Roadblocks and Opportunities

Minh nguyen

Minh Nguyen '11 is now at the University of Pennsylvania, where his doctoral focus is on the field of total synthesis.

For Minh Nguyen '11, Dickinson set the course for a life in the sciences

As a double major in chemistry and biochemistry & molecular biology, Minh Nguyen '11 was deep into the sciences while at Dickinson. But ask him about his overall experience, and he's just as likely to mention how much he loved his alma mater's interdisciplinary approach. Read about his environmental work at Dickinson, his cancer work at the University of Pennsylvania and the prestigious award he was recently granted. 

How did you get interested in your postgraduate work, and what about it excites you most?

After Dickinson, I started my Ph.D. study at the University of Pennsylvania, in which I designed, synthesized and developed a series of polymer-supported silicon reagents that could be employed in many chemical processes to make useful materials or pharmaceutical products. These polymers are easily recycled and reused and thus could help chemists do their work in a more sustainable way—an interest that was instilled in me during my time at Dickinson. I’m also very excited to see that my research is highly regarded by the chemical industry, and I was awarded the Ron Bleggi Graduate Student Award from the International Precious Metals Institute last year for this work.

What does your current work entail?

The second part of my doctoral study is in the field of total synthesis, in which I employ the knowledge of organic chemistry to design and develop an efficient, multistep synthesis route to construct a structurally complex molecule from commercially available building blocks. My current target is Mandelalide A, a recently reported, scarce marine metabolite that shows potent cytotoxicity to a series of human cancer cell lines. However, there is a very limited supply of Mandelalide A in nature, which hinders further study. Thus, I am trying to make it in the lab in a significant amount so that we can investigate the use of this compound in cancer therapy.

What is the most challenging part of your work?

The most challenging part and also the most interesting part is the unexpected problems arising at the late stage of the synthesis. Each time the project reaches a roadblock is an opportunity for problem-solving skills and critical thinking to be employed, and in some cases a new reaction was discovered to solve the problem.

Can you speak to how Dickinson’s useful liberal-arts education might apply to your work?

Since high school, chemistry has been my favorite subject, and I have always wanted to be a scientist. Dickinson not only helped nurture my interest, but it also provided me with a firm foundation that allows me to smoothly transition to the next stage in my career. For example, as a double major in chemistry and biochemistry & molecular biology, I had the opportunity to conduct several research projects with three remarkable faculty members in the chemistry department. These invaluable experiences, without any doubts, taught me the skills and techniques needed to carry out scientific research and provided me with a solid foundation and an inspiration to pursue graduate study in chemistry.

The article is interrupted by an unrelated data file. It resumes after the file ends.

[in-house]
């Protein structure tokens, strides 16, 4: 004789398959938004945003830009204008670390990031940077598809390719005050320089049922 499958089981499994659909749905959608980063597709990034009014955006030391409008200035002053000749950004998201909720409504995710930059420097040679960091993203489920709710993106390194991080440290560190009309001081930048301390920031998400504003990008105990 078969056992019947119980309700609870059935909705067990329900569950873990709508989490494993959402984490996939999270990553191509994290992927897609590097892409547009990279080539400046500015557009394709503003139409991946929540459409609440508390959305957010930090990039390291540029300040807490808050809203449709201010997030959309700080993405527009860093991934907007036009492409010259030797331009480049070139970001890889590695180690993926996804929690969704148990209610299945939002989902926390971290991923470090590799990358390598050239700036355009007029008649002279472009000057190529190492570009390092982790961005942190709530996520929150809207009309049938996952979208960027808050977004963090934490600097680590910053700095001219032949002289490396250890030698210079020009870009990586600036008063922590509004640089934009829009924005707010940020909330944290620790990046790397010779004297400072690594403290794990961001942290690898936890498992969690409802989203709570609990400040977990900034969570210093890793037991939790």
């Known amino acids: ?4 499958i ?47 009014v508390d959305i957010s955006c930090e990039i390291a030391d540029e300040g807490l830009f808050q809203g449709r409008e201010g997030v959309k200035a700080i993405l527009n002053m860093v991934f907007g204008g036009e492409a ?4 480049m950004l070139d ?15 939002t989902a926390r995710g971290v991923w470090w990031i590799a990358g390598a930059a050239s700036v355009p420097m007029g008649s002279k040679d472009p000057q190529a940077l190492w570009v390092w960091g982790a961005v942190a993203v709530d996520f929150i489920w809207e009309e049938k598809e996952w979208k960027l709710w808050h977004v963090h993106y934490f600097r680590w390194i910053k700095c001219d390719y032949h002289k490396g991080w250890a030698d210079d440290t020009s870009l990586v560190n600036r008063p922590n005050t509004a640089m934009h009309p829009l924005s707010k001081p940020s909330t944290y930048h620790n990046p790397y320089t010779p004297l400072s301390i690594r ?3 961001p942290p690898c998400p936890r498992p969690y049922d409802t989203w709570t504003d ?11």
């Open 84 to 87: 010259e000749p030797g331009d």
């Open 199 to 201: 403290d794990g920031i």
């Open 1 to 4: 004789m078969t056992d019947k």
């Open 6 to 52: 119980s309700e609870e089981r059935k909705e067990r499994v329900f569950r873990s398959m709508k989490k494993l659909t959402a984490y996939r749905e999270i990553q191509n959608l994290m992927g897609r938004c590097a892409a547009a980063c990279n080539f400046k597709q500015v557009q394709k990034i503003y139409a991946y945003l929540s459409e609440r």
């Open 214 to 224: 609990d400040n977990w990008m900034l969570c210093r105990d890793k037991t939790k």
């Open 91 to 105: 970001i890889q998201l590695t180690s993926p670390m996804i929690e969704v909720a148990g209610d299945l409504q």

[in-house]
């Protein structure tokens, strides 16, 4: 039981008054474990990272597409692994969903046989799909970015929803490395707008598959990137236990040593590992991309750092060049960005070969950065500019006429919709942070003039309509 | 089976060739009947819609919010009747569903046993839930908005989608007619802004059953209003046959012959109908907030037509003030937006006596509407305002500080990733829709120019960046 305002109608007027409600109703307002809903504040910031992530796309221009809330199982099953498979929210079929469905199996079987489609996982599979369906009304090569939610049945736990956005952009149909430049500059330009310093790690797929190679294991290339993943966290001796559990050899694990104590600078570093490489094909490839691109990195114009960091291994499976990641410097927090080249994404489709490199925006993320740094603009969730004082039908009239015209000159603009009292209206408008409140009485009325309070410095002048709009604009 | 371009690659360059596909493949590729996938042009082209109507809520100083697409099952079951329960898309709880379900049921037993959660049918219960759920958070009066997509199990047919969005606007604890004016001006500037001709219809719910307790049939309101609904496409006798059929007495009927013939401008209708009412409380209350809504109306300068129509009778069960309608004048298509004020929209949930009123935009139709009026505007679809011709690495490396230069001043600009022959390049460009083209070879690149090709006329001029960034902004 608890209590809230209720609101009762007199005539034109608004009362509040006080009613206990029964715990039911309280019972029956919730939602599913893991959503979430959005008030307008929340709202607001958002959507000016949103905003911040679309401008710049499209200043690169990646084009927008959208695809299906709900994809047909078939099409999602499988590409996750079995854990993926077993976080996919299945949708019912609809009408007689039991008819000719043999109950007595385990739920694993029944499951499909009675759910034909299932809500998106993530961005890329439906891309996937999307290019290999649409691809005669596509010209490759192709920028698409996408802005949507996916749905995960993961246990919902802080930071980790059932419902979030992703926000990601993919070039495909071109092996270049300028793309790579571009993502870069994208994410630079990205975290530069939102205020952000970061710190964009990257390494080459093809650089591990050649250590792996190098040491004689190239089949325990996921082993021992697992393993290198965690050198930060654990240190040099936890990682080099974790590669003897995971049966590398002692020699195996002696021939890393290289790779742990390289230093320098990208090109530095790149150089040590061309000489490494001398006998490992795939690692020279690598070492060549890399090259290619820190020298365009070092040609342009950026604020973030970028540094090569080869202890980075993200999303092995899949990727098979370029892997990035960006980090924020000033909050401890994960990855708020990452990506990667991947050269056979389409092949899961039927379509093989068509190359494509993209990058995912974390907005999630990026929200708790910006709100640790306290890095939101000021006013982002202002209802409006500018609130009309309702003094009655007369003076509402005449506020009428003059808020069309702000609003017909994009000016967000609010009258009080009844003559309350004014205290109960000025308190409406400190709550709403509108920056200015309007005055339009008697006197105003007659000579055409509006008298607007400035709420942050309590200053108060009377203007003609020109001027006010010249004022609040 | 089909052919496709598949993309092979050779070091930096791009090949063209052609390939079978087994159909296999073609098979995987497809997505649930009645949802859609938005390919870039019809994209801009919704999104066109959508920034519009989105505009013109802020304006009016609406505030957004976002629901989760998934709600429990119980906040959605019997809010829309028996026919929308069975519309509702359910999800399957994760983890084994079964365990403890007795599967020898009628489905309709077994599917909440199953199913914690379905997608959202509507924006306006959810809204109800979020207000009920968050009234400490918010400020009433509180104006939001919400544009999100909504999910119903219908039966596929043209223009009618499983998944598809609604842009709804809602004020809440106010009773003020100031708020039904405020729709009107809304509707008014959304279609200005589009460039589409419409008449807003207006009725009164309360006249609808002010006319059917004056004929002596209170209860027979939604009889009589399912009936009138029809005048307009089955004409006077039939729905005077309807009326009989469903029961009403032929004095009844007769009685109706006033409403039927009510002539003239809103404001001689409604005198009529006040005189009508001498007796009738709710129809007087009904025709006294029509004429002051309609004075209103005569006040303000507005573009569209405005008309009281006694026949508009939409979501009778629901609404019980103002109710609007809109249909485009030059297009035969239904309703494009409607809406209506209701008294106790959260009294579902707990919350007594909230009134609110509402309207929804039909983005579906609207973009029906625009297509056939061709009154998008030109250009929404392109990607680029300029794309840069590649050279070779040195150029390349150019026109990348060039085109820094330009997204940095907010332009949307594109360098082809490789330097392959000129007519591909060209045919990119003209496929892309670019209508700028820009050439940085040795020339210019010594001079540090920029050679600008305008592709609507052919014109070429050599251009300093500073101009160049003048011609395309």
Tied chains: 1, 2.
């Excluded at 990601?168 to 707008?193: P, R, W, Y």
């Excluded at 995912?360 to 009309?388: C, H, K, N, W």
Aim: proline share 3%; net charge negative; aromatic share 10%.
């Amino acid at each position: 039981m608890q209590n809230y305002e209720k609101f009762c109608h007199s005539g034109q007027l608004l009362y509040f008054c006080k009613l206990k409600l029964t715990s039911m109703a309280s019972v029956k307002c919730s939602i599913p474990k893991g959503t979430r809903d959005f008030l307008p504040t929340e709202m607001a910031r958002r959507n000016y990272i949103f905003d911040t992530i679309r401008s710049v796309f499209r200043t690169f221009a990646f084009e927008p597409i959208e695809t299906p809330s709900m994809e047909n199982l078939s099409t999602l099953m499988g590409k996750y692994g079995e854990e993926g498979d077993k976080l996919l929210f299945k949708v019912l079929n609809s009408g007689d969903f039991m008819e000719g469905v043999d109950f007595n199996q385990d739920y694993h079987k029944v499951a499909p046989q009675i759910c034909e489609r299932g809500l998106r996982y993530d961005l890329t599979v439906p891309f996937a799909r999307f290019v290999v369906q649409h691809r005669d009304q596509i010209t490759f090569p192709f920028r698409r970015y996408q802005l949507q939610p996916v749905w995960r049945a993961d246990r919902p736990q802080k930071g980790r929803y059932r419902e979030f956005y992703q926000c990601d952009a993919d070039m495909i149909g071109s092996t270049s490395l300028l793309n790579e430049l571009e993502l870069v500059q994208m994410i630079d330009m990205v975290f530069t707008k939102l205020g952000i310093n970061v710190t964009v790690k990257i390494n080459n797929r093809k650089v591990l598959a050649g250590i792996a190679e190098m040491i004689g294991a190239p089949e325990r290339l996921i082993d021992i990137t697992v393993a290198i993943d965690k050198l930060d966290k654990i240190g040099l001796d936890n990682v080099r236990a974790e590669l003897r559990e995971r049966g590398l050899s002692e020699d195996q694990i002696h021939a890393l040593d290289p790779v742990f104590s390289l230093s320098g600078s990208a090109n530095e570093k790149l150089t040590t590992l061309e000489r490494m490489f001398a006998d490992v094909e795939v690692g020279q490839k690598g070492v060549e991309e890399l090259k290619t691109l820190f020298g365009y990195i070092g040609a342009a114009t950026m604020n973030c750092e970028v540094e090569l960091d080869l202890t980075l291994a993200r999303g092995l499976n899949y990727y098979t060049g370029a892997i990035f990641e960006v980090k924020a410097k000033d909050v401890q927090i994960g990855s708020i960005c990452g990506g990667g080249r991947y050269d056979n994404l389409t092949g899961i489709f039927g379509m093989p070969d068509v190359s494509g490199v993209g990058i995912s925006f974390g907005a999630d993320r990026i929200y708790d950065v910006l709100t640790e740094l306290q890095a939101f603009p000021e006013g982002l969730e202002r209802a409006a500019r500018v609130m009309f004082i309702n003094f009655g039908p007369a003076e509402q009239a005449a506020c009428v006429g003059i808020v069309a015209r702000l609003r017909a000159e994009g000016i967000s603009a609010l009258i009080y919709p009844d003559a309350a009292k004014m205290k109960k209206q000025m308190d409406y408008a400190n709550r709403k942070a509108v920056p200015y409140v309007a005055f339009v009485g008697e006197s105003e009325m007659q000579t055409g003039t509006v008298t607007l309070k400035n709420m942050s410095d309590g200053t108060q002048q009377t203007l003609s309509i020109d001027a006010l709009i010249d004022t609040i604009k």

Another great thing about my Dickinson education is that I got to take courses in other areas besides sciences and learned new ideas ... that have guided me ever since.

What was your favorite activity at Dickinson?

I was a big fan of Rush Hour, a lunchtime interdisciplinary science lecture series held throughout each semester. The speakers are drawn not only from the science faculty at Dickinson but also from many research and teaching institutions across the country. I had great joy learning a variety of interdisciplinary sciences.

What jumps out as a great memory from your time at Dickinson?

It’s probably the time when I packed my bag and went for a road trip with [Associate Professor of Chemistry] Amy Witter during the summer of 2010. We traveled along the Susquehanna River and collected sediments for our research, in which we studied and identified major sources of environmental pollutants to urbanizing freshwater stream sediments. It was very memorable to me, as I got to do science and have great fun at the same time. Gladly, our work was published in a high-impact, peer-reviewed journal, Environmental Pollution, last year.

How do you stay involved with and/or support Dickinson?

I stay in touch with both the faculty and the college, as they have become an important part of my life. Whenever I see potential new students, I always encourage them to check out Dickinson and share with them the great impact the college has made on my life.

What are your plans for the future?

I would like to apply my knowledge and skills in finding new ways to prevent and treat disease. It is the main reason I decided to study organic chemistry.

If you could have dinner with someone, living or dead, who would it be?

My dad suddenly passed away when I was in my senior year at Dickinson. There are so many things I would love to share with him.

You’re going to live on an island by yourself for a year: What do you take with you?

I will bring my wedding album with me.

If you could change one thing about your life, what would it be?

I would love to learn to be very good at playing an instrument.

Learn more

Published February 18, 2015